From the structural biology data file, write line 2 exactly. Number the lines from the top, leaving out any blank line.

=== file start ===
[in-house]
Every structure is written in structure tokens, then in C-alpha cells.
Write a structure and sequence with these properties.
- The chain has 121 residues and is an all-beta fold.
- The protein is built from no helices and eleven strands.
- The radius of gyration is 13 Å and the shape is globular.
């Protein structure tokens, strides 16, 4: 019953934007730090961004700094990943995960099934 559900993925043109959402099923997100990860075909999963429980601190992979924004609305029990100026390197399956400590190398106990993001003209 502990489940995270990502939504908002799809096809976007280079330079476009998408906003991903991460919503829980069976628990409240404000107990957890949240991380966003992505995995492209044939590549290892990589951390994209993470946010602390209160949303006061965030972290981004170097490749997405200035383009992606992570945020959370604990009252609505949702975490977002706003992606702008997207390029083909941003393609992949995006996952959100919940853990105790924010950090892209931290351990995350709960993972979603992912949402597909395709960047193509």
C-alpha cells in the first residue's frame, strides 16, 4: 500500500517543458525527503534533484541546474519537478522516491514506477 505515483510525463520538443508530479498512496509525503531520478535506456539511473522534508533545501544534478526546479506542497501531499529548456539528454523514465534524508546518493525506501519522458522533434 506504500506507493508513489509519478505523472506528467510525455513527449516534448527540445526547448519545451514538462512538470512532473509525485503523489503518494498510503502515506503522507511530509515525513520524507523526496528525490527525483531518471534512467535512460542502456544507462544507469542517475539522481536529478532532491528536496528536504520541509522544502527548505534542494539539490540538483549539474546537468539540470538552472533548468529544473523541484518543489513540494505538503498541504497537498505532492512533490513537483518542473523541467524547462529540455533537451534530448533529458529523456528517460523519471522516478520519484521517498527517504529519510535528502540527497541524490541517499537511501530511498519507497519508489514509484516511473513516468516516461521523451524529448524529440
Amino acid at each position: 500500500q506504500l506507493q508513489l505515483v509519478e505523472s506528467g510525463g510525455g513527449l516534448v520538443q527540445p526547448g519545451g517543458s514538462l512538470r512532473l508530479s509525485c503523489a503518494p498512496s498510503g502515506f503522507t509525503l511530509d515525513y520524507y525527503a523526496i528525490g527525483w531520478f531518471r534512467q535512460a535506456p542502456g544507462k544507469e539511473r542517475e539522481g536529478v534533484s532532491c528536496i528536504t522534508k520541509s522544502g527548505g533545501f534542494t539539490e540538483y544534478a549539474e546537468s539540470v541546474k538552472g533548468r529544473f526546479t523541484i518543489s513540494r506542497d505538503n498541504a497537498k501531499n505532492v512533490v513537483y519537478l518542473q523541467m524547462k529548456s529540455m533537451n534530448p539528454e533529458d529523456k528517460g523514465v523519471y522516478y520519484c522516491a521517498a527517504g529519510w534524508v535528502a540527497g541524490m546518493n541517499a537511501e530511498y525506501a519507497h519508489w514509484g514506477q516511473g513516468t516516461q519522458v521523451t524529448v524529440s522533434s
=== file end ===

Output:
Every structure is written in structure tokens, then in C-alpha cells.